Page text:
3 min read
Prelude (or nocturne, if read in the evening)
The famous novel ‘Do androids dream of electric sheep?’ by Philip Dick (1968) became the basis for the classic Bladerunner film in 1982, starring Harrison Ford and a musical score by Vangelis, and the eventful sequel Bladerunner 2049. These two dystopian and yet mesmerising films show that hypermodern technology is no silver bullet to solving our world’s problems, not least of which the ecological collapse that provides the backdrop for ‘Bladerunner 2049’. In fact, technology might be part of the problem! But that is not counting with SaaS platforms for community engagement to help re-enchant the planning system, to paraphrase Patsy Healey.
At the end of the data collection phase for my PhD, I tried to take the long view of Software as a Service (SaaS) from a lifecycle perspective. SaaS are basically web-based software with cloud data storage. They are immensely popular across various industries. In planning, these often come as proprietary software sold to local authorities by fast-growing tech start-ups. They are increasingly used for citizen participation in spatial planning, especially in towns and cities. As a specific kind of Civic Tech, SaaS can bear all manners of names – my own research reviewed no less than dozens of terminologies and typologies for participatory technologies used in spatial planning!
Of primordial importance for planning today, SaaS platforms for community engagement in spatial planning can go a long way in engaging people in the conversations that truly matter, and in influencing the decisions that will affect them. In fact, these nifty platforms can help avert the dystopian futures which science fiction has repeatedly embedded in our collective imagination. Instead, participatory platforms can help build bright shiny futures, which are worth aspiring to, both as individuals and communities. But as platforms, they remain a tool. Technology, no matter how innovative and integrated, is not a silver bullet to inclusive, participatory planning that serves both people and planet. Not now, or ever. As progressive planers have always argued, the human heart and mind must rule together over all the tools we may apply to city-making (see the work of John Forester, John Friedman, Judith Innes, Patsy Healey, among many others).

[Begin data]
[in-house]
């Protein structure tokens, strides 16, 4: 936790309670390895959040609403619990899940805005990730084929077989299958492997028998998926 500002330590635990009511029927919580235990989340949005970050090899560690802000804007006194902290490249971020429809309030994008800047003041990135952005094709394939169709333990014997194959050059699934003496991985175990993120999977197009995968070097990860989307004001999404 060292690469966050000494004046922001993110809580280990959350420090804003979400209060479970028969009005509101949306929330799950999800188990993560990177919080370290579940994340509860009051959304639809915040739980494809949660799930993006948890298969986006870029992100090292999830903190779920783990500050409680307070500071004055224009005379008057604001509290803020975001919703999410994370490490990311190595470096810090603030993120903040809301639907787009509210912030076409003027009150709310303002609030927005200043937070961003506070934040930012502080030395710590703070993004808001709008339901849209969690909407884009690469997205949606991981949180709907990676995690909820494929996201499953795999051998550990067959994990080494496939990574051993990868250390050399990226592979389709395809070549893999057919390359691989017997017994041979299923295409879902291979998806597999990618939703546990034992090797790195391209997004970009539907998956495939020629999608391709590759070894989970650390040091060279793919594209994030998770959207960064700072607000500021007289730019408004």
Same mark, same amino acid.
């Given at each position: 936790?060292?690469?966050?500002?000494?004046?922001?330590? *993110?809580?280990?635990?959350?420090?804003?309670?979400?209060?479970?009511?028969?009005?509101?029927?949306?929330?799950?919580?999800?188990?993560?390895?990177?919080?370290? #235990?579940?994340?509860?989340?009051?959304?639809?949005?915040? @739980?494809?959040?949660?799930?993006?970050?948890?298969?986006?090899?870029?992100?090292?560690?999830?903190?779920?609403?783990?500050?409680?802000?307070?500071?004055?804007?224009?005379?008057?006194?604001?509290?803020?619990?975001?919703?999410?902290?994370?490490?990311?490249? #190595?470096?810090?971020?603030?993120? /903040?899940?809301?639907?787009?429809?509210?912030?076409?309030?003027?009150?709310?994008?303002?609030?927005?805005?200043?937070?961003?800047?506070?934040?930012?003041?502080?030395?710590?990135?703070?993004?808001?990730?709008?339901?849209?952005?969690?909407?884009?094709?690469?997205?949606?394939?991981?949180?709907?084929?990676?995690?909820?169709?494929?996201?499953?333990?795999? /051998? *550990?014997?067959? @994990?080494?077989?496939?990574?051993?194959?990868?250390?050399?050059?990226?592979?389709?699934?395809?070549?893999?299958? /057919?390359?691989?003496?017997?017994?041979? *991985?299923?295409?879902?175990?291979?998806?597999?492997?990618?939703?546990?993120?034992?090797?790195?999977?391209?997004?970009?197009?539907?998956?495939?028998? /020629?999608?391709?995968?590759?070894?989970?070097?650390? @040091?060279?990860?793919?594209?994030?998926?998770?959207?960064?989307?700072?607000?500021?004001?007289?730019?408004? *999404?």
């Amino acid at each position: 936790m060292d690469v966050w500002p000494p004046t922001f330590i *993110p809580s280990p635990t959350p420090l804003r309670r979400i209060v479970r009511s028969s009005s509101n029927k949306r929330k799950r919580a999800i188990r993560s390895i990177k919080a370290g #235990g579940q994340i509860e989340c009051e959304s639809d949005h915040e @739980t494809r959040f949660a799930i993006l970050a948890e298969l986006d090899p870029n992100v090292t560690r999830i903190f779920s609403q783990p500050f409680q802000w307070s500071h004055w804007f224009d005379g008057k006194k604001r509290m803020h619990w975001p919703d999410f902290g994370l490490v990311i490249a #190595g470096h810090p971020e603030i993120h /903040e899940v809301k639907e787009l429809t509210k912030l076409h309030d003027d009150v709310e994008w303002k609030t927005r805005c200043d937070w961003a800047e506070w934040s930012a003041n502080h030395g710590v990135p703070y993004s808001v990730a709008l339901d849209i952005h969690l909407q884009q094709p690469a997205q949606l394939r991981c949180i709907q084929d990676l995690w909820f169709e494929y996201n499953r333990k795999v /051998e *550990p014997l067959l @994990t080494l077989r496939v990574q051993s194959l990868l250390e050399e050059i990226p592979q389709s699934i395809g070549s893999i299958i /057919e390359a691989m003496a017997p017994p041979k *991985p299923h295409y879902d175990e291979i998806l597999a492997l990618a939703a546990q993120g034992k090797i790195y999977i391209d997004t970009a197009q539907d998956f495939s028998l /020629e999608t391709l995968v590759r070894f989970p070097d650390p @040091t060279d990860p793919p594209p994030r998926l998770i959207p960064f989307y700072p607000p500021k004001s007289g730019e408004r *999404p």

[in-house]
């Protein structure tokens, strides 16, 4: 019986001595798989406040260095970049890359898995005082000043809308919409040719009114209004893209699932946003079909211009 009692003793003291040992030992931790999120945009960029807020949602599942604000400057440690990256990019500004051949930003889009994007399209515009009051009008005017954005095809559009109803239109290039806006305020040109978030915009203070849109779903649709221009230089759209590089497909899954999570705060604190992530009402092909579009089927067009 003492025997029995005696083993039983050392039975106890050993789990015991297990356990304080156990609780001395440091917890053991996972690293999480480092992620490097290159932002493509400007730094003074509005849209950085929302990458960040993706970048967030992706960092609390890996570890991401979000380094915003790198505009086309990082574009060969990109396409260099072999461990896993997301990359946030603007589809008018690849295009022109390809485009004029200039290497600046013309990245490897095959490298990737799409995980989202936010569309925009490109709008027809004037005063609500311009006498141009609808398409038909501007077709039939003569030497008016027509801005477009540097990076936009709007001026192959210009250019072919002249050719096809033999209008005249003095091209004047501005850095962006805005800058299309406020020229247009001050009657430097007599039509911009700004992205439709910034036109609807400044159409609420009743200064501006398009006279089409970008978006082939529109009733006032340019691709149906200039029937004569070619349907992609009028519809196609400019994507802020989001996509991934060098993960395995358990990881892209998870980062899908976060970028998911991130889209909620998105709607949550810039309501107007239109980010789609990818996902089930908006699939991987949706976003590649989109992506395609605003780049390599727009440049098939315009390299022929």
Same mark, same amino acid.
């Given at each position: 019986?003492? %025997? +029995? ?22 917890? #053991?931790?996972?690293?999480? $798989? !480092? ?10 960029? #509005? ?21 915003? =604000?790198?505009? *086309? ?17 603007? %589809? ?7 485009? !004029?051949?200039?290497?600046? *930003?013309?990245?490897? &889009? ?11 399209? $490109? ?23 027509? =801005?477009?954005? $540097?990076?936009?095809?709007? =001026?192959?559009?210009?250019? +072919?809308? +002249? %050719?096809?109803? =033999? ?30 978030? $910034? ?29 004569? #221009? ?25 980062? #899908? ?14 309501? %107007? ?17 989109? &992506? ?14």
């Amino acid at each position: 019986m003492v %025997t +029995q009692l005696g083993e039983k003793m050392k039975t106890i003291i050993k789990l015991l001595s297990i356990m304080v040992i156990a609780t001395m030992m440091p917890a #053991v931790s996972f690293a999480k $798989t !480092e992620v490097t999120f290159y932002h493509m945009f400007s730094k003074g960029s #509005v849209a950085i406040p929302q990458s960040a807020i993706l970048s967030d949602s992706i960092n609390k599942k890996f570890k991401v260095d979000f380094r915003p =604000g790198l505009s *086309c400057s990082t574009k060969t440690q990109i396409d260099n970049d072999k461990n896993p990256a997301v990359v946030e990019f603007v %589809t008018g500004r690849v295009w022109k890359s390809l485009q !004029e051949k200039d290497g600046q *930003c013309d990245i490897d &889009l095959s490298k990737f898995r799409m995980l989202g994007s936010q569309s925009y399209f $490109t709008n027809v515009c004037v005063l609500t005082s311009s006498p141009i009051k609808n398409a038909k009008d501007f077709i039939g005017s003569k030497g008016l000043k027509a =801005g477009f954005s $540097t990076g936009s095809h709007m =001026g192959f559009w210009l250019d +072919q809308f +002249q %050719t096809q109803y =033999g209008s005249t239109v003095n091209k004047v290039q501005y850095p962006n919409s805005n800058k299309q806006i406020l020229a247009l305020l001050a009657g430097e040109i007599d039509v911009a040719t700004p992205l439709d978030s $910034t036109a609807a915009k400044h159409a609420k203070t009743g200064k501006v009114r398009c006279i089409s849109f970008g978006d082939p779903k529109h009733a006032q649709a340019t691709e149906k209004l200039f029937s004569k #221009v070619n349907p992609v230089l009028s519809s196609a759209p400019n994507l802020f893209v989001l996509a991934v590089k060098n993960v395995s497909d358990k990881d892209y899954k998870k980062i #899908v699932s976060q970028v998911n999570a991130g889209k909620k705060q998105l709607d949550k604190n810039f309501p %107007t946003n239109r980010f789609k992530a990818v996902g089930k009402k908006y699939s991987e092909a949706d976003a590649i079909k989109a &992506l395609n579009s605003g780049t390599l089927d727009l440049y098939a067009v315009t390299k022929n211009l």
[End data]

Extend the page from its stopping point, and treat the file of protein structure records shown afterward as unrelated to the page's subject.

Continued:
SaaS can go through several iterations of procurement in their lifecycle at a particular client/sponsor organisation. Early successful adopters have often used them for many years, and across many kinds of planning projects. My conversations with dozens of planning professionals and thirteen Civic Tech representatives stimulated my interest on this emerging topic.
The following series of blog posts makes sense of the preliminary findings.
Introducing an exploratory lifecycle of SaaS for participatory planning
This is a series of three posts that presents an important output from my PhD thesis, namely: an exploration of the lifecycle of digital participatory platforms used for community engagement in spatial planning. At the end of all my data collection, I sat at what is probably the best café in Newcastle one day and tried to imagine myself as Civic Tech software. “Where do I start? Where do I end?” I asked. “Am I a product? A service? A collaborative workflow? A front-end tool with a back-office hub?”. “How long will I live? Can I grow into something bigger, faster, simpler?”